Credits

I would like to give credit where credit is due. Videos are from YouTube and other sources such as NicoNico while Oricon rankings and other information are translated from the Japanese Wikipedia unless noted.

Thursday, March 15, 2012

Circus -- Mr. Summertime



One of the attractions for kayo kyoku is that the music had been very enthusiastic about adopting international genres, especially jazz and bossa nova. A lot of foreign artists have often been more beloved in Japan than even in their home countries. The vocal group, The Manhattan Transfer, has been a favorite for decades. I even had the privilege of seeing them live a couple of years ago in Tokyo's Blue Note in Aoyama.

Japan has its own vocal groups. Currently, the most famous one seems to be the acapella group, The Gospellers. I've already mentioned another one that began in the 1970s, Hi-Fi Set. And there is Circus which debuted in 1977. The quartet is a family affair consisting of three siblings (the Kanos...叶) and an in-law, Junko Hara (原順子).



Their second single was the one that got them onto the charts. "Mr. Summertime" was released in March 1978 and got them to the very top of the Oricon weeklies to become the group's biggest hit. However, this song was actually a cover version of Michel Fugain's "Une Belle Histoire" in 1972 which is shown below. Circus' cover is given the French Riviera resort-and-cocktail jazz spin which has reminded me of classic Manhattan Transfer.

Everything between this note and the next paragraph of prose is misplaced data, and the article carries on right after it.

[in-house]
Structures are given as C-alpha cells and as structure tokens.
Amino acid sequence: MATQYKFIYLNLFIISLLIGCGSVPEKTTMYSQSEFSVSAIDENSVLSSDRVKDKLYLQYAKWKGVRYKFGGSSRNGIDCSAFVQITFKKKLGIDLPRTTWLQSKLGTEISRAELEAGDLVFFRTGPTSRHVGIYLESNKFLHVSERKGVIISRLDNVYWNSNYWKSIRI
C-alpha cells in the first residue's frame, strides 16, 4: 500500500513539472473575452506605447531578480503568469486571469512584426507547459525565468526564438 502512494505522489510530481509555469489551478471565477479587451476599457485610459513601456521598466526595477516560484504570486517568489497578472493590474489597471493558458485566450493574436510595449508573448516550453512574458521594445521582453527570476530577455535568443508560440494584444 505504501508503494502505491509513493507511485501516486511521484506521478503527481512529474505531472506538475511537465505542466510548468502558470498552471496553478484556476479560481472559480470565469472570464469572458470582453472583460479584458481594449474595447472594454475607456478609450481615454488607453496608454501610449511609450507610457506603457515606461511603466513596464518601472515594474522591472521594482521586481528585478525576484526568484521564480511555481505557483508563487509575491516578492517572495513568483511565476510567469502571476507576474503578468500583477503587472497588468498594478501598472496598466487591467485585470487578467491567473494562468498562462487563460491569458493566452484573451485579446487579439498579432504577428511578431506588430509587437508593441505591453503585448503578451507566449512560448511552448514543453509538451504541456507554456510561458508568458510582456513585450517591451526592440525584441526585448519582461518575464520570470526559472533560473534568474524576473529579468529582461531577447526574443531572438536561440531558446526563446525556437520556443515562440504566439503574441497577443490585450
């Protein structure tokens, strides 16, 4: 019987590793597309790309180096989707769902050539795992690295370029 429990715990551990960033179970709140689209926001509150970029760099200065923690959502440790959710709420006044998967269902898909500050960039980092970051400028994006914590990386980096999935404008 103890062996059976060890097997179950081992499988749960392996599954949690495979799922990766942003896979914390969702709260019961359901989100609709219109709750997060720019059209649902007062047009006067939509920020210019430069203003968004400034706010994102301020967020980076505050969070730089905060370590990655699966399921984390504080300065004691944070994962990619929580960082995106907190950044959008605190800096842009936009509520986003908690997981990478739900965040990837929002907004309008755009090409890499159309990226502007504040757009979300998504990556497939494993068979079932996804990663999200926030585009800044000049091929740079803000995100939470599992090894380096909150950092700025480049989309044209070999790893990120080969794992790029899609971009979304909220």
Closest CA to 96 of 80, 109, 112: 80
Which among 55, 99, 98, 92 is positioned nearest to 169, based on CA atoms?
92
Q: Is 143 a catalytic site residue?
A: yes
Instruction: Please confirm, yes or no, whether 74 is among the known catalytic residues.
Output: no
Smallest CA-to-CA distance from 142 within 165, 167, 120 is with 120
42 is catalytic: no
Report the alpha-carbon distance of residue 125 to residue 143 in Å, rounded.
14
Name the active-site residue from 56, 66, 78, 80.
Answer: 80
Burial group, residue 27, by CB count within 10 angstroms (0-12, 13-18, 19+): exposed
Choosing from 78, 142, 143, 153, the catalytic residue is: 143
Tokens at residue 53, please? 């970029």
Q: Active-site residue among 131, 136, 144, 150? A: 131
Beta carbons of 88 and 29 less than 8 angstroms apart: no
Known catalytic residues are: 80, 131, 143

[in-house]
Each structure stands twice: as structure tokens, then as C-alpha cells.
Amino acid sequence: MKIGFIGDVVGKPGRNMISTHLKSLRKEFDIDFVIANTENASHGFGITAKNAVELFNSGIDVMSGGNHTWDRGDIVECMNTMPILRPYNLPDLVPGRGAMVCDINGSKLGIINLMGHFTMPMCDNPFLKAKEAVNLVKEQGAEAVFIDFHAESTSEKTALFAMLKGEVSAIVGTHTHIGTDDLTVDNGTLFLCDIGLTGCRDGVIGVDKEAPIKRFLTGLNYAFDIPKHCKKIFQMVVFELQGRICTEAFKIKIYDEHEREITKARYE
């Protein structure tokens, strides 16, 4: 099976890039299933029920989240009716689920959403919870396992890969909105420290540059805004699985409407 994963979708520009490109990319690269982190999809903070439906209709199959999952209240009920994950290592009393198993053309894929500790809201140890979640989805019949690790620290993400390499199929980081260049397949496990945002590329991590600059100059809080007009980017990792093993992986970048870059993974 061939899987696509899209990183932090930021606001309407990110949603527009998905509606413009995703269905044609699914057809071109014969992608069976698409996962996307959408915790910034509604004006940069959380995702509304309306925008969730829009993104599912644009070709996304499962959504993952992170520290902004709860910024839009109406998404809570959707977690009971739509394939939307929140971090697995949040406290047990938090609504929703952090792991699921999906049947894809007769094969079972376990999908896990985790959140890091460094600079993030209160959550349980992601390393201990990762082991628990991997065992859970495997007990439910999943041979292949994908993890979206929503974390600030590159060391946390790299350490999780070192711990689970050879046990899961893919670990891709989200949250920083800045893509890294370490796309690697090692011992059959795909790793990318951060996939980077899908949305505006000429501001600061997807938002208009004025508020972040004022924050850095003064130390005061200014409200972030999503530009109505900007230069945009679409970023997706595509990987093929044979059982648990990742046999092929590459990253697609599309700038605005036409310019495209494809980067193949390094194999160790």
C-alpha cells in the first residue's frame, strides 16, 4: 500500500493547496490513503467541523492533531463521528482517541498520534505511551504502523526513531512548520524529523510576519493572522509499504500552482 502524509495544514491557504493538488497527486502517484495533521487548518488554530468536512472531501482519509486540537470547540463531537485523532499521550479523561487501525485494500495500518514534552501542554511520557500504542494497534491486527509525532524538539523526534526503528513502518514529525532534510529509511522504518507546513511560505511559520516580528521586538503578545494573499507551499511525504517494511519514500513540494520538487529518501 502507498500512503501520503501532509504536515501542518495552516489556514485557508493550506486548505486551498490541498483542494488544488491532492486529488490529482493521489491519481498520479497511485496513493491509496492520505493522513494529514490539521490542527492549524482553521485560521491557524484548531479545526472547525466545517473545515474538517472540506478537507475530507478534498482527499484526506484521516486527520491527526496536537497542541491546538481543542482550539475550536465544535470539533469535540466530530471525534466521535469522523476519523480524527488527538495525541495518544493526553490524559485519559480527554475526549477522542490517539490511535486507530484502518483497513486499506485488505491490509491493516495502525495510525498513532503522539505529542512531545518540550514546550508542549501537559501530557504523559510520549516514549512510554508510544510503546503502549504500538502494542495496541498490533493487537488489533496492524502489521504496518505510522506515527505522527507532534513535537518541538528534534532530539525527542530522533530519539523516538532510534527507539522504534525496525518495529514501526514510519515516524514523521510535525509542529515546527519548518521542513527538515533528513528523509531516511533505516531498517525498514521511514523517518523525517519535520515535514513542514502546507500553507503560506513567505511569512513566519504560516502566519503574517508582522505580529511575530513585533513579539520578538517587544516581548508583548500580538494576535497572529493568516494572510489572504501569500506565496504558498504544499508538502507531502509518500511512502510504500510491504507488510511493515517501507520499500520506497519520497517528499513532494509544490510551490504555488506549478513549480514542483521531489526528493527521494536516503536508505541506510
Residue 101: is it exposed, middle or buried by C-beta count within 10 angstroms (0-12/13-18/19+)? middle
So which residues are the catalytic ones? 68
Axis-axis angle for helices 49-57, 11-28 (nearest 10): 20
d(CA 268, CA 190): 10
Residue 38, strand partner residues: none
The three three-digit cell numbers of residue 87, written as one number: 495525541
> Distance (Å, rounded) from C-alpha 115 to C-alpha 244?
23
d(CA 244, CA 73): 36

3 comments:

  1. Beautiful music. Both versions.

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  2. Thanks for you sharing this beautiful song.
    I've searching this song's story for a while,but I couldn't find any chinese or english translation of this japanese lyrics.
    Do you know the meaning of this japanese lyrics?

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    Replies
    1. Hi, Tammy. And thanks for your comments.

      As for the overall translation of the song, the Japanese lyrics talk of the protagonist's regret over losing her love, the mysterious Mr. Summertime, and the deep shame that she feels to the extent that she doesn't ever want to see him again. I found an English translation that gives the basic message although the structure is slightly odd.

      english-house.seesaa.net/article/98673577.html

      It's indeed a lovely if sad song. I actually first heard on that old radio program that I've mentioned in some of the other articles, "Sounds of Japan" all the way back in 1982.

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